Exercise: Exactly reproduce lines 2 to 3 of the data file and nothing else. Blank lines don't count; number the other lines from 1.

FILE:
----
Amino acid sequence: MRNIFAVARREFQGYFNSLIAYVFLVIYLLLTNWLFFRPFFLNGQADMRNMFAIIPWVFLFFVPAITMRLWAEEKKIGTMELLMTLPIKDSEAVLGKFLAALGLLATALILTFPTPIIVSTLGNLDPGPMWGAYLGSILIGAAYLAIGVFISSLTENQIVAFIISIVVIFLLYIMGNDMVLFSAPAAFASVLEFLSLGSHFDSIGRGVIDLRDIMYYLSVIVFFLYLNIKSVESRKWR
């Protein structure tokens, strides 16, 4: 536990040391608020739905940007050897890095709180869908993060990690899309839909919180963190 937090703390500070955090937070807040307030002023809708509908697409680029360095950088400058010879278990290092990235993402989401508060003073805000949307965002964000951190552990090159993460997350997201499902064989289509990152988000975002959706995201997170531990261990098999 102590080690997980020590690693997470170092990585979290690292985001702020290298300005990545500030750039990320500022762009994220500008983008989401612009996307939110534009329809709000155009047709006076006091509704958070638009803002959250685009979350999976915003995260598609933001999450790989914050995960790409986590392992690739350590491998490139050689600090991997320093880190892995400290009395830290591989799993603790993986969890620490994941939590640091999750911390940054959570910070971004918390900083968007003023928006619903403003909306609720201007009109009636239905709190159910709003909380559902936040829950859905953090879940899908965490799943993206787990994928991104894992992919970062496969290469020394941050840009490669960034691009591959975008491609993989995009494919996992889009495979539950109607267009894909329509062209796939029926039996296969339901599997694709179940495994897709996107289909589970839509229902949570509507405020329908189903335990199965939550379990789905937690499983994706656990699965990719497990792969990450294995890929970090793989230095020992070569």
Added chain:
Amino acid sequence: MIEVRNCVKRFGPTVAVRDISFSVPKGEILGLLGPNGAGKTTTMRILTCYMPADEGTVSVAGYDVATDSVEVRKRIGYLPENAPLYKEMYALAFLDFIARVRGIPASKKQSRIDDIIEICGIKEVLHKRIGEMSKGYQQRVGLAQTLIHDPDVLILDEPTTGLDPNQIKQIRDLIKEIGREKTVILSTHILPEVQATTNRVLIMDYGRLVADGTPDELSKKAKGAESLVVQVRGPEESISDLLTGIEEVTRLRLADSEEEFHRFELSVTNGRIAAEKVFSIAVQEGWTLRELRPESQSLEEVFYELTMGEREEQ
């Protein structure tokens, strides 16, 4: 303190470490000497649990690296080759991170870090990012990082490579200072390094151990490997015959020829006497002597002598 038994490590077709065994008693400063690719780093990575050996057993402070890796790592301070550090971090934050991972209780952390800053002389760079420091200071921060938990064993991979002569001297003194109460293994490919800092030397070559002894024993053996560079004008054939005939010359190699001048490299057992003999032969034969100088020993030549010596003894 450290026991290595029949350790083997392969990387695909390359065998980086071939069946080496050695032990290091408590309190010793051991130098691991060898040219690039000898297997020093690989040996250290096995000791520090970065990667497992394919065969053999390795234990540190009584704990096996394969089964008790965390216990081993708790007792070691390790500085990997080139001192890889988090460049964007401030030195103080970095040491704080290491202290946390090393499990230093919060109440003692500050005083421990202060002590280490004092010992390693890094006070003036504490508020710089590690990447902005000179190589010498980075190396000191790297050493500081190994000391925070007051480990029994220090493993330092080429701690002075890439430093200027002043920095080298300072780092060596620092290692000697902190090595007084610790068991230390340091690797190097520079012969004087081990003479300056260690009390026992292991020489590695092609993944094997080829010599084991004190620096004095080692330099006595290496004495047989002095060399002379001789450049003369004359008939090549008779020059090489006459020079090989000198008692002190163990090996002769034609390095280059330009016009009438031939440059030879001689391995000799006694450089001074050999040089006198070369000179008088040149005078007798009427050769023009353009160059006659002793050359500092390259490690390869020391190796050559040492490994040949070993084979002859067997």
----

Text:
């Protein structure tokens, strides 16, 4: 536990040391608020739905940007050897890095709180869908993060990690899309839909919180963190 937090703390500070955090937070807040307030002023809708509908697409680029360095950088400058010879278990290092990235993402989401508060003073805000949307965002964000951190552990090159993460997350997201499902064989289509990152988000975002959706995201997170531990261990098999 102590080690997980020590690693997470170092990585979290690292985001702020290298300005990545500030750039990320500022762009994220500008983008989401612009996307939110534009329809709000155009047709006076006091509704958070638009803002959250685009979350999976915003995260598609933001999450790989914050995960790409986590392992690739350590491998490139050689600090991997320093880190892995400290009395830290591989799993603790993986969890620490994941939590640091999750911390940054959570910070971004918390900083968007003023928006619903403003909306609720201007009109009636239905709190159910709003909380559902936040829950859905953090879940899908965490799943993206787990994928991104894992992919970062496969290469020394941050840009490669960034691009591959975008491609993989995009494919996992889009495979539950109607267009894909329509062209796939029926039996296969339901599997694709179940495994897709996107289909589970839509229902949570509507405020329908189903335990199965939550379990789905937690499983994706656990699965990719497990792969990450294995890929970090793989230095020992070569």
Added chain: